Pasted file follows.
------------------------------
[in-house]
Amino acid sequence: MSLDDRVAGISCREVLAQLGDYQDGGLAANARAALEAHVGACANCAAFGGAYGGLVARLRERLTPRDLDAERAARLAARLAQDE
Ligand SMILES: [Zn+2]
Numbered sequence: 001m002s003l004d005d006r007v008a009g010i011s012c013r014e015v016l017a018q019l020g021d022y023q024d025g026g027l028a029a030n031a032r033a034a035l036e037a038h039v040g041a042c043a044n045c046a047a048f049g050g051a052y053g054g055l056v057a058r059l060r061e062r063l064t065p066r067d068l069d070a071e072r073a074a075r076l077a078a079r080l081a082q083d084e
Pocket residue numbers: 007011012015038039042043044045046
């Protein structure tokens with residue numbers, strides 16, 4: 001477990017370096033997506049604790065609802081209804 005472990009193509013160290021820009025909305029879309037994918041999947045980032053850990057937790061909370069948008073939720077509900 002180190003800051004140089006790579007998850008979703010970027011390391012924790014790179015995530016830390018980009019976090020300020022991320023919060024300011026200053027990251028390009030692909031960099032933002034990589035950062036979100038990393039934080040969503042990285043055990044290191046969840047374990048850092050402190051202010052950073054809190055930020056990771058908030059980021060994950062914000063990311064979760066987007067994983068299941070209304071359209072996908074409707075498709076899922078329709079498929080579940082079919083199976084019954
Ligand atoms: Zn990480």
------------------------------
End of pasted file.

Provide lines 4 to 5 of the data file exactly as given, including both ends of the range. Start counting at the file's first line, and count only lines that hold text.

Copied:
Numbered sequence: 001m002s003l004d005d006r007v008a009g010i011s012c013r014e015v016l017a018q019l020g021d022y023q024d025g026g027l028a029a030n031a032r033a034a035l036e037a038h039v040g041a042c043a044n045c046a047a048f049g050g051a052y053g054g055l056v057a058r059l060r061e062r063l064t065p066r067d068l069d070a071e072r073a074a075r076l077a078a079r080l081a082q083d084e
Pocket residue numbers: 007011012015038039042043044045046